By: Joel Garbon – Regulatory Manager
Oil-grit separators (OGS) have a decades-long history of use in Canada as primary treatment devices for reducing pollutant loads in stormwater runoff. OGS devices are typically utilized to capture gross pollutants, particulates (TSS), and oil. The dominant treatment mechanisms within OGS devices are sedimentation and floatation, with each functioning on the principle of gravity-based separation. Pollutants with specific gravity higher than that of water (such as road sand and degraded asphalt) settle to the bottom of the device as sediment, while pollutants with low specific gravity (such as oil and most plastics) rise to the top of the treatment chamber.
The settling velocity of particulates is largely a function of particle size and specific gravity. Relatively large particles (> 100 microns in size) with high specific gravity, such as coarse sand, settle very rapidly. Fine particles (< 50 microns) and particles with low specific gravity, such as brake dust and vegetative material, settle much more slowly. In order to achieve substantial pollutant load reduction, an OGS device must be sized to provide adequate detention time for capture of the range of particle sizes and specific gravities and for the range of runoff flow rates generated by the site for the majority of storm events. Undersized OGS devices do not provide adequate detention time for substantial load reduction, particularly of the fine particles on which much of the toxic metals and nutrient loads are concentrated. Additionally, undersized devices generally have inadequate sediment storage capacity and are much more prone to resuspension and washout of previously captured pollutants during a high intensity storm event.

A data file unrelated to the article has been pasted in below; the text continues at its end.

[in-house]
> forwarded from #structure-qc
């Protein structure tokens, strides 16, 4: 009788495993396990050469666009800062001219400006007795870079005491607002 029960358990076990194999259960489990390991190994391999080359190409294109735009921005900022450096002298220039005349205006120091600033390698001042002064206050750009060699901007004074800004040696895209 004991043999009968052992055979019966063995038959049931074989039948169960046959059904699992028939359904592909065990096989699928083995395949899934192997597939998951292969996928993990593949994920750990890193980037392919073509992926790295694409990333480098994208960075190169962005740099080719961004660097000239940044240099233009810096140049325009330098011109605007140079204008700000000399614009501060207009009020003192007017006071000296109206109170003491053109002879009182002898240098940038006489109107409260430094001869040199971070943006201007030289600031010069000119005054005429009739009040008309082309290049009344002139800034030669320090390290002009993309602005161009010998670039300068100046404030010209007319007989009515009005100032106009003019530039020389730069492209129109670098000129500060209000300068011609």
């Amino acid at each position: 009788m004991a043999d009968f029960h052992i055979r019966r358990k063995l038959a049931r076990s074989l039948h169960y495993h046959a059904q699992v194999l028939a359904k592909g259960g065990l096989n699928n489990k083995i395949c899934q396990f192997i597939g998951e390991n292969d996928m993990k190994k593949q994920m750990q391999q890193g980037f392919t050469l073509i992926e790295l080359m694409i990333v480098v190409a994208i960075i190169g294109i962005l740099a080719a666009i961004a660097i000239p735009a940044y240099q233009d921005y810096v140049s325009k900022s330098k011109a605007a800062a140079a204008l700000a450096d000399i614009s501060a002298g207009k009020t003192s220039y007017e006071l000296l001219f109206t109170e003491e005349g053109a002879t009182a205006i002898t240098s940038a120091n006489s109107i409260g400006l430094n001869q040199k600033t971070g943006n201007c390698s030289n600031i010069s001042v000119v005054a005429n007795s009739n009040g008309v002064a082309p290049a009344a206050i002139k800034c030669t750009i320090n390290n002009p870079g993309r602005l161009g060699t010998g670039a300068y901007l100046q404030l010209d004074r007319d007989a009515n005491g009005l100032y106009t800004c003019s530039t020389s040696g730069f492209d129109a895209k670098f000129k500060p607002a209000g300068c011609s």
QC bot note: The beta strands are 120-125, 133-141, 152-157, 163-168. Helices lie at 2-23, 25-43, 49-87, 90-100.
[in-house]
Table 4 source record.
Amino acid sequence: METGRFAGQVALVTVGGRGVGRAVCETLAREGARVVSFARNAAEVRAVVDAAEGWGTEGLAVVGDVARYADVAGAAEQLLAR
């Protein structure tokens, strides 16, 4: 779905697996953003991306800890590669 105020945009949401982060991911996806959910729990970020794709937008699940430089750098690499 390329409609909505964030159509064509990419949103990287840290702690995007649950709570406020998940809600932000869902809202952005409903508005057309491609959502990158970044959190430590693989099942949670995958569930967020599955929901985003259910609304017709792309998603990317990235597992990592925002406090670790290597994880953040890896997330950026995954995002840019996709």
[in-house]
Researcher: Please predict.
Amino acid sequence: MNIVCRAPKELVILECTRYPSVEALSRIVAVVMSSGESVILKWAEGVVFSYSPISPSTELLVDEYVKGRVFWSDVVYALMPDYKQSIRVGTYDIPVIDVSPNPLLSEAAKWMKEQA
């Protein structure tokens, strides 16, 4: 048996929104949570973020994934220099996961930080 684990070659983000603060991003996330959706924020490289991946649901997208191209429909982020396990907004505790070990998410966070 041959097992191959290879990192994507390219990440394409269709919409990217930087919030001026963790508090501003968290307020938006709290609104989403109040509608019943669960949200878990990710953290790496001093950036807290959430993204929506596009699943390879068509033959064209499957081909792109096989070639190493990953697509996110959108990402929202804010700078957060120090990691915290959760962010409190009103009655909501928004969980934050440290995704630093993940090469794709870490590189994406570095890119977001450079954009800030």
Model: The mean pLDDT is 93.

As stormwater quality regulations continue to evolve toward greater focus on treatment of both particulate-bound pollutants of concern (metals, nutrients, hydrocarbons, bacteria) and dissolved pollutants, emphasis is placed on a high degree of capture of the fine particle fractions (silts and fine sands). Stormwater filtration devices are the proper choice to do this job, and ensure 80% TSS removal consistently. Whereas particulate load reduction with OGS devices are sensitive to influent flow rate and detention time (i.e. removal efficiency decreases as influent flow rate increases), the pollutant removal performance of filter devices is much less sensitive to changes in runoff flow rate.
The primary fine particle removal mechanism within a filter device is entrapment of particles within the filter media matrix. The pore size of the filtering media is a primary factor in determining the particles sizes captured. For filters that use granular media, such as sand filters, the gradation of the granular media establishes the average pore size. For a membrane-based filter, the membrane itself establishes the pore size. Membrane-based filters typically have a much higher hydraulic capacity and sediment capacity and much smaller footprint compared to granular media filters, due to provision of exceptionally high filtering surface area within the compact “tube bundle” membrane cartridge design. The membrane cartridges also have significant service life and maintenance advantages in that they can be rinsed and reused compared to granular media filters which require routine removal and disposal of spent media.
As stormwater quality regulations have become increasingly more stringent, use of filtration devices has become commonplace across North America, based on capability to consistently remove very high percentages of the particle size fractions and particulate-bound pollutants typically found in urban stormwater runoff. OGS devices will continue to play an important function as pretreatment measures targeting coarser particle fractions and oil capture, and applied within a treatment train approach.